However, every action brings about some sort of reaction, often in the form of an “unintended consequence” which serves to negate any good that the carrying out of the well intended initial mandate had managed to accomplish.

Despite Al Gore’s call to action, realistic and manageable solutions to Climate Change remain elusive.  As such, where Gore and other Climate crusaders have failed, we have been compelled to step in.  You see, there is really a quite simple, certain, and palatable solution to Climate Change that could be implemented today.

The solution lies not in well-known solutions such as recycling, Cap and Trade schemes, development restrictions, technological advances, or taxes and other social engineering methods.  In fact, it has absolutely nothing to do with what people do or what they or their governments spend their money on.

It lies in What we use as money circa 2013.

What the world uses as money is not really money, but a highly liquid debt instrument.  While the difference is imperceptible to most, the accumulation of mistaken incentives and resulting actions on behalf of humankind which are inherent in the insane debt as currency model are beginning to manifest themselves in nature, and nature itself is beginning to bring itself into balance unilaterally.

Where humankind and the land once lived in a peaceful, mutually beneficial balance with one another, the relationship has become antagonistic and will remain so until the defects in the money supply are remedied.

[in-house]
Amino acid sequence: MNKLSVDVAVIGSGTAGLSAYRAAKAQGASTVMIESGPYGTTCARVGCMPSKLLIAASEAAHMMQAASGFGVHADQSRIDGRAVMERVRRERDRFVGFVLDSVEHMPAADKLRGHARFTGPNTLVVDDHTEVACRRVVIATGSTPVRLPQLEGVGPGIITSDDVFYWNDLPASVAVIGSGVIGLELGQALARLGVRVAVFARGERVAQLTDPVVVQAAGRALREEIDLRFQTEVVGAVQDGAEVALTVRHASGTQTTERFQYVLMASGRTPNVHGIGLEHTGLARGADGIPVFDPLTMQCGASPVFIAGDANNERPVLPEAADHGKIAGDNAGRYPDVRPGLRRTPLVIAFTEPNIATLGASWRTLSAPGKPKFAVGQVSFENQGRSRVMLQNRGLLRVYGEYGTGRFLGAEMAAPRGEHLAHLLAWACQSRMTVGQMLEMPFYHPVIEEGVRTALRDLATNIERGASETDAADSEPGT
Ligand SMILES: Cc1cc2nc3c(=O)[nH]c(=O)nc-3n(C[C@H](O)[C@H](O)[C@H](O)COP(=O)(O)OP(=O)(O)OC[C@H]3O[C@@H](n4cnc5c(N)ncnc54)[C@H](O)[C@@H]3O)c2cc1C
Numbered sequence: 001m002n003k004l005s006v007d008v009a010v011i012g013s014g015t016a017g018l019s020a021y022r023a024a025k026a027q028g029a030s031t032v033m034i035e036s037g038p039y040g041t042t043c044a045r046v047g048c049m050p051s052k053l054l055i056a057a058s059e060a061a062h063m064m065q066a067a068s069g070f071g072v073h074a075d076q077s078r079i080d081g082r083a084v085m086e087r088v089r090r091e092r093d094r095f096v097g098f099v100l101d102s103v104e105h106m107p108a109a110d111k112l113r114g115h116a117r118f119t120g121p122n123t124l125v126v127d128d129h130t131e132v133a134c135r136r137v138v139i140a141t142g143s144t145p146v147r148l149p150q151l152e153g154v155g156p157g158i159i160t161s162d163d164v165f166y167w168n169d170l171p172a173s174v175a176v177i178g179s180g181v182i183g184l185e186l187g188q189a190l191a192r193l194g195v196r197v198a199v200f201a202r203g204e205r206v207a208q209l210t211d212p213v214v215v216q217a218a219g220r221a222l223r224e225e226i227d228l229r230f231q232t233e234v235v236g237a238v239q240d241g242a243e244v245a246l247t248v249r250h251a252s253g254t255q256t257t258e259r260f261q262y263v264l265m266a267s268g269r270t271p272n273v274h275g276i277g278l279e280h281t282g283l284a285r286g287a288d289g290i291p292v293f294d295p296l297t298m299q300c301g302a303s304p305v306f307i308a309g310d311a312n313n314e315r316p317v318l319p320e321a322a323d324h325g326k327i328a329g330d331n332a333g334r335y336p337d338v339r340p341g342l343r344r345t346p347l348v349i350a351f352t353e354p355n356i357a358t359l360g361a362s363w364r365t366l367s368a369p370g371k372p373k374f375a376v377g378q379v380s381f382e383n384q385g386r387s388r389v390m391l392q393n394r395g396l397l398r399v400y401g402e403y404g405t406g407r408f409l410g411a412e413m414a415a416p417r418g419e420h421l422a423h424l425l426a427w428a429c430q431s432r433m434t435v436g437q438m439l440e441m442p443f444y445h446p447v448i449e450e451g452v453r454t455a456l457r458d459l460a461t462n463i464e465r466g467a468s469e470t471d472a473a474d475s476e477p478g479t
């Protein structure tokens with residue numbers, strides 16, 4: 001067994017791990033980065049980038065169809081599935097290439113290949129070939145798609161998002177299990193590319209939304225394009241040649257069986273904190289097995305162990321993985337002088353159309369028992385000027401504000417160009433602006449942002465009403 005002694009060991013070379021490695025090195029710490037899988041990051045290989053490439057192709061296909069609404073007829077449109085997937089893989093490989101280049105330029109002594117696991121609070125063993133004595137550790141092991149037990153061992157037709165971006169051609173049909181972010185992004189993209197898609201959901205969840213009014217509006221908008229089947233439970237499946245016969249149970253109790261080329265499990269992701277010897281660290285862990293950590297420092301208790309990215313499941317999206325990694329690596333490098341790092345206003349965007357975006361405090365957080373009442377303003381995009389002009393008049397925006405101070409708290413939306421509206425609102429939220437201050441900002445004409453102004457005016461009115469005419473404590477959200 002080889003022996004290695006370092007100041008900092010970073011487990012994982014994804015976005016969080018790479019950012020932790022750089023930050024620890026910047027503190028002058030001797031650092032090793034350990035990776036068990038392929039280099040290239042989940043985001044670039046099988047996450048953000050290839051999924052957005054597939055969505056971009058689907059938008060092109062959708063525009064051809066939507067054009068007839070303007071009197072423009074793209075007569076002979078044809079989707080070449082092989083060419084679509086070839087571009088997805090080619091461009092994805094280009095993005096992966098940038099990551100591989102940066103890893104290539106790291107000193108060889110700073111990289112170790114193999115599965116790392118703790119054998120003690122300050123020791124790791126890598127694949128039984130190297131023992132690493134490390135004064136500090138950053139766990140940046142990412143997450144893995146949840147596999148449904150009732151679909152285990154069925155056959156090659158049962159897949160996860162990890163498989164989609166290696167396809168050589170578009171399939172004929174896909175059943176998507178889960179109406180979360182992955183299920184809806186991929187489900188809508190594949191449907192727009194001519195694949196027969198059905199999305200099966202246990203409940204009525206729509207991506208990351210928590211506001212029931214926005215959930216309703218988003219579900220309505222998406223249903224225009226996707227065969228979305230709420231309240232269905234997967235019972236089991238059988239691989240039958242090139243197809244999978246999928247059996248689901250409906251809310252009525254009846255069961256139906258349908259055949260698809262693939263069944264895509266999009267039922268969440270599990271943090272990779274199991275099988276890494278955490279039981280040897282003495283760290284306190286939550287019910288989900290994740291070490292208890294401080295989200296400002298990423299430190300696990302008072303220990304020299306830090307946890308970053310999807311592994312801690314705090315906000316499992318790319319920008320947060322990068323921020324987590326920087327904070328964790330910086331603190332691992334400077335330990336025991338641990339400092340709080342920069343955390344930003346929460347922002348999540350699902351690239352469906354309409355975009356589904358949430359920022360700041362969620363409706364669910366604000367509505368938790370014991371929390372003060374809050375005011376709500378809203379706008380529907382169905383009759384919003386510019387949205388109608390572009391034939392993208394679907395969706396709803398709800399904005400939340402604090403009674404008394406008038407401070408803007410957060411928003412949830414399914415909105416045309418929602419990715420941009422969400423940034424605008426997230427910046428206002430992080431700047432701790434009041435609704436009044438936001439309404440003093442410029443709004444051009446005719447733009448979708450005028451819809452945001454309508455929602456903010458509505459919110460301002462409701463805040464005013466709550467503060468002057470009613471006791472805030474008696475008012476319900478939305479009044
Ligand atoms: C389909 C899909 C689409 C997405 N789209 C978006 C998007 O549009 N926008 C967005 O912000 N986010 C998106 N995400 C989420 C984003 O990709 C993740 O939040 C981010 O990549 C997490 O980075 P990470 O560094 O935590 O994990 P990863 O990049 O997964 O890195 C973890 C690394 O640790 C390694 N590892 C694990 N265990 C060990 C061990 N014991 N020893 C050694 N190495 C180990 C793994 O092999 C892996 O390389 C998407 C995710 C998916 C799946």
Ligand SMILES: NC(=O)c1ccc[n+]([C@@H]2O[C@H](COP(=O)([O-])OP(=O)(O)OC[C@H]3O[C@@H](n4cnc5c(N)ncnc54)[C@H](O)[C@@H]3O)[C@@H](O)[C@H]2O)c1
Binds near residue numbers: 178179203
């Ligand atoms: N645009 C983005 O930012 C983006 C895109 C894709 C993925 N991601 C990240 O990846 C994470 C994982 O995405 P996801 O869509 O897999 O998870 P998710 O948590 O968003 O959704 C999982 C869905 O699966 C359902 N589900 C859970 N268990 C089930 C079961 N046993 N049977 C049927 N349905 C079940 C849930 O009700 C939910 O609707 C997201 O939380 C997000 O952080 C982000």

How, then, can these defects be remedied?  Ah, fellow taxpayer, it is for this reason that the above mentioned book contains 400 pages, for while the answer is simple, it will require that humankind let go of some deeply ingrained ideas which a vast majority of us do not even know we hold fast to.

Start letting go by ordering your copy today!

Print editions are currently available at Amazon.com and Createspace.com and Electronic editions are available on Amazon’s Kindle, Barnes & Noble, Google’s Play Store, and a variety of formats via Smashwords.

Thank you for joining us in this quest.

Stay tuned and Trust Jesus!

Stay Fresh!

David Mint

Email: davidminteconomics@gmail.com

Key Indicators for October 29, 2013

Copper Price per Lb: $3.26
Oil Price per Barrel:  $97.83
Corn Price per Bushel:  $4.32
10 Yr US Treasury Bond:  2.51%
Mt Gox Bitcoin price in US:  $212.51
FED Target Rate:  0.08%  ON AUTOPILOT, THE FED IS DEAD!
Gold Price Per Ounce:  $1,344
MINT Perceived Target Rate*:  0.25%
Unemployment Rate:  7.2%